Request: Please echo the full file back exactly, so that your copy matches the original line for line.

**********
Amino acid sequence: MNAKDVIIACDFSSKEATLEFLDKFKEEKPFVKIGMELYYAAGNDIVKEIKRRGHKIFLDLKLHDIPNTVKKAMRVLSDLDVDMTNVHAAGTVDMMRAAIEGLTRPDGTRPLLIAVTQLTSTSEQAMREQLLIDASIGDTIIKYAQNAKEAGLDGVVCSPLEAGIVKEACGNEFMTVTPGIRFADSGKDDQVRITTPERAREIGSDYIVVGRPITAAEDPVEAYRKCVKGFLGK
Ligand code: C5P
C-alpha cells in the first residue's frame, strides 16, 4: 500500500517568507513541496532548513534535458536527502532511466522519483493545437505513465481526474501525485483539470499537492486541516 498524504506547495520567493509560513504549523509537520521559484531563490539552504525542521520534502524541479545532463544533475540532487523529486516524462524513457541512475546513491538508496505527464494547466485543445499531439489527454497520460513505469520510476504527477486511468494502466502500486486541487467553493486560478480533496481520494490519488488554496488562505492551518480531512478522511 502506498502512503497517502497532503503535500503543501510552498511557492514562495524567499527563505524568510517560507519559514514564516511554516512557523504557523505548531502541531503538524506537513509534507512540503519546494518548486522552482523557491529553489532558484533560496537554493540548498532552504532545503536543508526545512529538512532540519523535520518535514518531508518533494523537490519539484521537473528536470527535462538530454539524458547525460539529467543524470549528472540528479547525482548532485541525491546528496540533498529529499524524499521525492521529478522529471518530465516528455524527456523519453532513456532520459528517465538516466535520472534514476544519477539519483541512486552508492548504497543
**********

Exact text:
Amino acid sequence: MNAKDVIIACDFSSKEATLEFLDKFKEEKPFVKIGMELYYAAGNDIVKEIKRRGHKIFLDLKLHDIPNTVKKAMRVLSDLDVDMTNVHAAGTVDMMRAAIEGLTRPDGTRPLLIAVTQLTSTSEQAMREQLLIDASIGDTIIKYAQNAKEAGLDGVVCSPLEAGIVKEACGNEFMTVTPGIRFADSGKDDQVRITTPERAREIGSDYIVVGRPITAAEDPVEAYRKCVKGFLGK
Ligand code: C5P
C-alpha cells in the first residue's frame, strides 16, 4: 500500500517568507513541496532548513534535458536527502532511466522519483493545437505513465481526474501525485483539470499537492486541516 498524504506547495520567493509560513504549523509537520521559484531563490539552504525542521520534502524541479545532463544533475540532487523529486516524462524513457541512475546513491538508496505527464494547466485543445499531439489527454497520460513505469520510476504527477486511468494502466502500486486541487467553493486560478480533496481520494490519488488554496488562505492551518480531512478522511 502506498502512503497517502497532503503535500503543501510552498511557492514562495524567499527563505524568510517560507519559514514564516511554516512557523504557523505548531502541531503538524506537513509534507512540503519546494518548486522552482523557491529553489532558484533560496537554493540548498532552504532545503536543508526545512529538512532540519523535520518535514518531508518533494523537490519539484521537473528536470527535462538530454539524458547525460539529467543524470549528472540528479547525482548532485541525491546528496540533498529529499524524499521525492521529478522529471518530465516528455524527456523519453532513456532520459528517465538516466535520472534514476544519477539519483541512486552508492548504497543